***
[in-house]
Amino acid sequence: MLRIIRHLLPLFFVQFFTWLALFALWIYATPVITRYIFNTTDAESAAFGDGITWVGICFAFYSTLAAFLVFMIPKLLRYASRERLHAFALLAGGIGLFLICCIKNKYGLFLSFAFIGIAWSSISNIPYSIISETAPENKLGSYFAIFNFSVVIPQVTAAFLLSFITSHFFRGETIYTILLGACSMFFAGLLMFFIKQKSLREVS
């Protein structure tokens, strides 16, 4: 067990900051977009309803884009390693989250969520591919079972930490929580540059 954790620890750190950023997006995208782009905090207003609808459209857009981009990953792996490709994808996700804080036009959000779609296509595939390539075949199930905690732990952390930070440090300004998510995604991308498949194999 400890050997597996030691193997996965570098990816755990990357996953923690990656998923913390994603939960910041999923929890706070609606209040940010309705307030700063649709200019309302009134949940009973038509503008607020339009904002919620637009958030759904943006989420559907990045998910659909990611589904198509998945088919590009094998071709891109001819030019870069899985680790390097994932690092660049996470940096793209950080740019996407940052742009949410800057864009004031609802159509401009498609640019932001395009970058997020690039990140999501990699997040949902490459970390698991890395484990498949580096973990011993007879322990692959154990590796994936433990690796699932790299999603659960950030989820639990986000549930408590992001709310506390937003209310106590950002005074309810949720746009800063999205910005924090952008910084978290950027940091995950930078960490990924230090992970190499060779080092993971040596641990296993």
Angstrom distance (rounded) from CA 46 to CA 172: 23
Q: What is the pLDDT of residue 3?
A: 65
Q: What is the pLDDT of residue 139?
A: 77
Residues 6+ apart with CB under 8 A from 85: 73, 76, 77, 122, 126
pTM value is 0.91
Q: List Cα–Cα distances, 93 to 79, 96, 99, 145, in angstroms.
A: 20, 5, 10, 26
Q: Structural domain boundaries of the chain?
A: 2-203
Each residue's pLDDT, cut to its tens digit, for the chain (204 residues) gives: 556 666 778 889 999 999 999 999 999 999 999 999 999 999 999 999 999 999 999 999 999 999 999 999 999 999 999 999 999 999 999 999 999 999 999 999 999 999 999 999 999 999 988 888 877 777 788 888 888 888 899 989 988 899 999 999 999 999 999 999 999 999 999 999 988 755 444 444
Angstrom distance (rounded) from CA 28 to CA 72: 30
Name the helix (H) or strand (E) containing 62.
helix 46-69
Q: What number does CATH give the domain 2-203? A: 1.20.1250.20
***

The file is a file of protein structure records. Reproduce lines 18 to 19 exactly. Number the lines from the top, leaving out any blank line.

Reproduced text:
helix 46-69
Q: What number does CATH give the domain 2-203? A: 1.20.1250.20